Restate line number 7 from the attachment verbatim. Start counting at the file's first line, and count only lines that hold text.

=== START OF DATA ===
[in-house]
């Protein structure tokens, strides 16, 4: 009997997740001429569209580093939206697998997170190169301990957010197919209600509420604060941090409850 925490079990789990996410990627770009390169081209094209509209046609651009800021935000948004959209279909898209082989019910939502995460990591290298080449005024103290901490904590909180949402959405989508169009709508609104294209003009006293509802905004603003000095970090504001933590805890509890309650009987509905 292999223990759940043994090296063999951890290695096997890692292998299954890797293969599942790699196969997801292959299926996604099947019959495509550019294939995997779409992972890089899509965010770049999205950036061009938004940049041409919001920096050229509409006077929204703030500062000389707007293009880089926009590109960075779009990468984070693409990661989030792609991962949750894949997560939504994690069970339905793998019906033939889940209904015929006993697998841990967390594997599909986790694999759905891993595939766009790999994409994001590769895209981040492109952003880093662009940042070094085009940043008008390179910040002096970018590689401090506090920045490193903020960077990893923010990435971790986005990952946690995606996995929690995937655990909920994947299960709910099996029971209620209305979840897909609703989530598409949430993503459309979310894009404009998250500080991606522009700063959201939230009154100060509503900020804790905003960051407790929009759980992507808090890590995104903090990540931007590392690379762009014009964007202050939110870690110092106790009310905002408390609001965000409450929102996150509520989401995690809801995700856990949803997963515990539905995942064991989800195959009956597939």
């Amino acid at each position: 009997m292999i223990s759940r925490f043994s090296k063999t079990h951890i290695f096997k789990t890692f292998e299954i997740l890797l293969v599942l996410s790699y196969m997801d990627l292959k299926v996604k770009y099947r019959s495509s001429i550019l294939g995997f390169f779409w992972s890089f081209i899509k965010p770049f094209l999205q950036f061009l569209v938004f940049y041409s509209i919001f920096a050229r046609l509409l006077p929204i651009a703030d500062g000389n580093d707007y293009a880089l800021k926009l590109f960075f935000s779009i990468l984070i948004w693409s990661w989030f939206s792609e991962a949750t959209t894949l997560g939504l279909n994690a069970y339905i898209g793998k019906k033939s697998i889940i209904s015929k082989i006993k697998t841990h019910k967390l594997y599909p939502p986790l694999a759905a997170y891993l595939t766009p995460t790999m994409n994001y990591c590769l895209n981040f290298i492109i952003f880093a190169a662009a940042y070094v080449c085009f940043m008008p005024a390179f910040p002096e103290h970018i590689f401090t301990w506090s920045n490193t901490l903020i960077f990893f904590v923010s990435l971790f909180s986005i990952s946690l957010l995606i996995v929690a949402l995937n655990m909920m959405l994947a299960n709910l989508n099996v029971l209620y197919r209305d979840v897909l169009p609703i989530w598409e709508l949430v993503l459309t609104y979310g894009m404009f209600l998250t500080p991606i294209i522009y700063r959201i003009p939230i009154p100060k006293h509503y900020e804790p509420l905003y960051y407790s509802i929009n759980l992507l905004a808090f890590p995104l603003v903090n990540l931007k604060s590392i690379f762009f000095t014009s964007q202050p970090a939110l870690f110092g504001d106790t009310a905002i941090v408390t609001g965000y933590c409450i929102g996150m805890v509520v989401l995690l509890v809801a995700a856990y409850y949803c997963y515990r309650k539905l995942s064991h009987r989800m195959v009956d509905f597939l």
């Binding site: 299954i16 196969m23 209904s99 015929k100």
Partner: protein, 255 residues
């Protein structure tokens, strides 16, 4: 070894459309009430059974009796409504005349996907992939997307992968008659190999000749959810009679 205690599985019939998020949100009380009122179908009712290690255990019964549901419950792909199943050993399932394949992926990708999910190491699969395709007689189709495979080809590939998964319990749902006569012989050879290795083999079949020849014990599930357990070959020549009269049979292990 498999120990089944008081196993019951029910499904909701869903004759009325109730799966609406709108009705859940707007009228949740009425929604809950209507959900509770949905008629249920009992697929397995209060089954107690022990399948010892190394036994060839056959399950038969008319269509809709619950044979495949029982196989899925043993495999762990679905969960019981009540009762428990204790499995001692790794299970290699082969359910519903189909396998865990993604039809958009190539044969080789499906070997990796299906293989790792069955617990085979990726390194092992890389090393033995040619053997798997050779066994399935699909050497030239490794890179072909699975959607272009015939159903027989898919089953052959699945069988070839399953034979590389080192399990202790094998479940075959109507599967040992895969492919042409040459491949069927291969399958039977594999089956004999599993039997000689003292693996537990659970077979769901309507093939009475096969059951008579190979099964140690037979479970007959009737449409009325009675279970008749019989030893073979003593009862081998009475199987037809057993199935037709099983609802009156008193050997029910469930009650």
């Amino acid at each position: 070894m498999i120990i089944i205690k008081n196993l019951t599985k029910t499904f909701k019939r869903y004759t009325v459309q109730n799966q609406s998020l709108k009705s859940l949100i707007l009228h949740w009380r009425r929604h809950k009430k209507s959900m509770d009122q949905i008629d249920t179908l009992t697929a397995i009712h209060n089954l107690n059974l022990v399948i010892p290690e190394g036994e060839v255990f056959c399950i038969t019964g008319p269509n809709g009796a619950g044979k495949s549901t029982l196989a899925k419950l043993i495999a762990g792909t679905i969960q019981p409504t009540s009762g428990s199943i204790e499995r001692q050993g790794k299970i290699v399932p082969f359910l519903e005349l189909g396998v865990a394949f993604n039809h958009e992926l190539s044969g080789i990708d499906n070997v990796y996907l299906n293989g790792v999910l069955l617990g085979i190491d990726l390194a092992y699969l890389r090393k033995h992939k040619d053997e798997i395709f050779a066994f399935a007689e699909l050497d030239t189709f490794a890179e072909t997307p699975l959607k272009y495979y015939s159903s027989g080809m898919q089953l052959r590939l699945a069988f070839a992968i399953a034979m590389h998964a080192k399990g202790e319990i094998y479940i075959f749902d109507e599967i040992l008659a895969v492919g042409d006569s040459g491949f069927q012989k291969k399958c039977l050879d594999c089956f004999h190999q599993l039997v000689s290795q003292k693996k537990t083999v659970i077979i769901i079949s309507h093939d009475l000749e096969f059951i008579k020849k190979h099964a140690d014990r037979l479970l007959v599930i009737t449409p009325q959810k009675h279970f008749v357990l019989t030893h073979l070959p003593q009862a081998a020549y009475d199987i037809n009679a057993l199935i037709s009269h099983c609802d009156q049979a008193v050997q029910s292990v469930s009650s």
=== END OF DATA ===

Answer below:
């Amino acid at each position: 070894m498999i120990i089944i205690k008081n196993l019951t599985k029910t499904f909701k019939r869903y004759t009325v459309q109730n799966q609406s998020l709108k009705s859940l949100i707007l009228h949740w009380r009425r929604h809950k009430k209507s959900m509770d009122q949905i008629d249920t179908l009992t697929a397995i009712h209060n089954l107690n059974l022990v399948i010892p290690e190394g036994e060839v255990f056959c399950i038969t019964g008319p269509n809709g009796a619950g044979k495949s549901t029982l196989a899925k419950l043993i495999a762990g792909t679905i969960q019981p409504t009540s009762g428990s199943i204790e499995r001692q050993g790794k299970i290699v399932p082969f359910l519903e005349l189909g396998v865990a394949f993604n039809h958009e992926l190539s044969g080789i990708d499906n070997v990796y996907l299906n293989g790792v999910l069955l617990g085979i190491d990726l390194a092992y699969l890389r090393k033995h992939k040619d053997e798997i395709f050779a066994f399935a007689e699909l050497d030239t189709f490794a890179e072909t997307p699975l959607k272009y495979y015939s159903s027989g080809m898919q089953l052959r590939l699945a069988f070839a992968i399953a034979m590389h998964a080192k399990g202790e319990i094998y479940i075959f749902d109507e599967i040992l008659a895969v492919g042409d006569s040459g491949f069927q012989k291969k399958c039977l050879d594999c089956f004999h190999q599993l039997v000689s290795q003292k693996k537990t083999v659970i077979i769901i079949s309507h093939d009475l000749e096969f059951i008579k020849k190979h099964a140690d014990r037979l479970l007959v599930i009737t449409p009325q959810k009675h279970f008749v357990l019989t030893h073979l070959p003593q009862a081998a020549y009475d199987i037809n009679a057993l199935i037709s009269h099983c609802d009156q049979a008193v050997q029910s292990v469930s009650s």